About this project
Becoming Julia Morgan a play by Belinda Taylor.
At Julia Morgan-designed sites in Fall 2011 thru January 2012.
Directed by award-winning founder of the Aurora Theater and long-time Bay Area director, Barbara Oliver. (See "Updates" section on this page for reviews from last year's production!)
Produced by the Julia Morgan Project, 4 Bay Area women in theater (Taylor, Oliver, producer Sabrina Klein, and actress Janis Stevens) celebrating an extraordinary Bay Area woman.
Starring award-winning Janis Stevens as Julia herself and featuring ensemble members from the Berkeley cast. Returning ensemble members include Dave Garrett (as William Randolph Hearst, Bernard Maybeck and the god Janus, among others), and Sally Clawson (as Phoebe Hearst, Marion Davies, and Julia's mother, among others).
We need your help re-mounting this award-winning play! Ticket sales cover less than half our expenses. We hope to remount at the Berkeley City Club, with new shows at the Sausalito Woman's Club and other spaces in the Bay Area.
Artist fees, marketing and publicity, plus unsexy necessary expenses like transportation, parking, filing fees, related lectures and presentations on Julia's legacy-- stuff it's hard to raise money for. Your support can make it happen.
See "Updates" for reviews from last year's production and details about the Julia Morgan Project team. Or check out www.juliamorganproject.org for more information.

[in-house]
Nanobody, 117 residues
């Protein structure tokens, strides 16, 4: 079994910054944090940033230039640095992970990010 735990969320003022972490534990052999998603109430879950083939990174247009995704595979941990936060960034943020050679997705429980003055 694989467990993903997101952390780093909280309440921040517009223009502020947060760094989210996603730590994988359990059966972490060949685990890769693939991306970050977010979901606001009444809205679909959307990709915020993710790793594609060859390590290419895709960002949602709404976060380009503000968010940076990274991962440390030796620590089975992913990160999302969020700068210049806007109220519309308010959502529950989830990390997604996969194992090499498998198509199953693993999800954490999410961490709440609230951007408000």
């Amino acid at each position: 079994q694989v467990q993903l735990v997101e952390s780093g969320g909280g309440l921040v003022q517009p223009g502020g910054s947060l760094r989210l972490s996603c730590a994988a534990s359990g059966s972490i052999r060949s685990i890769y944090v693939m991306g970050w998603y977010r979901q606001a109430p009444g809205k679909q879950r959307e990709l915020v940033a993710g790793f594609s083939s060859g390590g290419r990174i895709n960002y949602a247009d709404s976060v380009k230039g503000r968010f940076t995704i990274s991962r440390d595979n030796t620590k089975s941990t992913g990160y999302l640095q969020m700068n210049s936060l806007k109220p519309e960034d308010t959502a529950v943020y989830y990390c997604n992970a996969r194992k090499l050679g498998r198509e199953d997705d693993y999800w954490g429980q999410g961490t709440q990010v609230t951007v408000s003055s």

Why Julia Morgan's Legacy Matters
There are three ways we see the spirit of Julia Morgan around us every day. The first is in her architecture, everything from graceful homes and churches to the flamboyance of Hearst Castle. She considered the needs and desires of her clients, aiming to make spaces both elegant and livable. Equally as important, in the Bay Area at any rate, she was an excellent engineer and as far as we can tell, not a single building of hers has ever been damaged in an earthquake!
She was also a professional pioneer. She would have hated being known as a "woman architect" but for women following her, her gender mattered. She knocked on doors that were locked to women until they were forced upon by her sheer perserverance and undeniable talent.
And finally, she overcame many physical barriers to success--not only was she a "mere woman" in a man's world, but she was petite. She suffered terribly from ear infections that disabled her for hours and days on end, until a botched operation relieved her of that pain only to disfigure her face. Nothing stopped her.
So as a professional (architect and engineer), as a woman (in a decidedly male profession) and as a woman overcoming physical limitations that have disabled many others, she inspires. Young girls in elementary schools choose her as "an important Californian woman" for social studies reports, and young women are inspired by her to choose architecture or engineering as careers. While buildings continue to speak for her, we think the play speaks to many who have not yet heard her story, even while admiring her accomplishments. We love her buildings, but we love Julia herself as well.
*Painting of Julia Morgan (above) created by Helene Goldberg, another Bay Area woman inspired by Julia Morgan.
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